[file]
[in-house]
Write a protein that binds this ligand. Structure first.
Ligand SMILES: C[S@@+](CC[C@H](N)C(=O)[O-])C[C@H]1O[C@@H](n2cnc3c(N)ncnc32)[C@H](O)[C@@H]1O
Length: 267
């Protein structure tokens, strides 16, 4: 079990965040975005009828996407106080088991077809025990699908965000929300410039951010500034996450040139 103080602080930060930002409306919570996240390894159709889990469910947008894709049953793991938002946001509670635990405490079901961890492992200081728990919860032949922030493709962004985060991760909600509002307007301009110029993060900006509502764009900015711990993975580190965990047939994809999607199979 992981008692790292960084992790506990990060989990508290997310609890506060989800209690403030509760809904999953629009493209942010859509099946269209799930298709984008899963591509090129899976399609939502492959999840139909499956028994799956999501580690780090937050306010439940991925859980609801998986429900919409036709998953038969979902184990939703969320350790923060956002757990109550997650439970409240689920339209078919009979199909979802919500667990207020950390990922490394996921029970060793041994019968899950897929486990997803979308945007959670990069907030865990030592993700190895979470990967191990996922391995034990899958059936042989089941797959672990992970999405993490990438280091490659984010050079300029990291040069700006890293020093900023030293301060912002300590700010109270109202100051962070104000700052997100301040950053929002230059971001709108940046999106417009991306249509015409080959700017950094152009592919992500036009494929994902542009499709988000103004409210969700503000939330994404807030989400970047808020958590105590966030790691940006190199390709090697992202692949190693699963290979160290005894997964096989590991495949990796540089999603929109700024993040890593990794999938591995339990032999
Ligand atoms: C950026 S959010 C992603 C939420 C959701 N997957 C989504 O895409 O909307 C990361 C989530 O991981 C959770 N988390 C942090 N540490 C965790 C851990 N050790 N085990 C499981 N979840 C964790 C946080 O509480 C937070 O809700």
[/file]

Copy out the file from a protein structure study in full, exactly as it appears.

[in-house]
Write a protein that binds this ligand. Structure first.
Ligand SMILES: C[S@@+](CC[C@H](N)C(=O)[O-])C[C@H]1O[C@@H](n2cnc3c(N)ncnc32)[C@H](O)[C@@H]1O
Length: 267
């Protein structure tokens, strides 16, 4: 079990965040975005009828996407106080088991077809025990699908965000929300410039951010500034996450040139 103080602080930060930002409306919570996240390894159709889990469910947008894709049953793991938002946001509670635990405490079901961890492992200081728990919860032949922030493709962004985060991760909600509002307007301009110029993060900006509502764009900015711990993975580190965990047939994809999607199979 992981008692790292960084992790506990990060989990508290997310609890506060989800209690403030509760809904999953629009493209942010859509099946269209799930298709984008899963591509090129899976399609939502492959999840139909499956028994799956999501580690780090937050306010439940991925859980609801998986429900919409036709998953038969979902184990939703969320350790923060956002757990109550997650439970409240689920339209078919009979199909979802919500667990207020950390990922490394996921029970060793041994019968899950897929486990997803979308945007959670990069907030865990030592993700190895979470990967191990996922391995034990899958059936042989089941797959672990992970999405993490990438280091490659984010050079300029990291040069700006890293020093900023030293301060912002300590700010109270109202100051962070104000700052997100301040950053929002230059971001709108940046999106417009991306249509015409080959700017950094152009592919992500036009494929994902542009499709988000103004409210969700503000939330994404807030989400970047808020958590105590966030790691940006190199390709090697992202692949190693699963290979160290005894997964096989590991495949990796540089999603929109700024993040890593990794999938591995339990032999
Ligand atoms: C950026 S959010 C992603 C939420 C959701 N997957 C989504 O895409 O909307 C990361 C989530 O991981 C959770 N988390 C942090 N540490 C965790 C851990 N050790 N085990 C499981 N979840 C964790 C946080 O509480 C937070 O809700």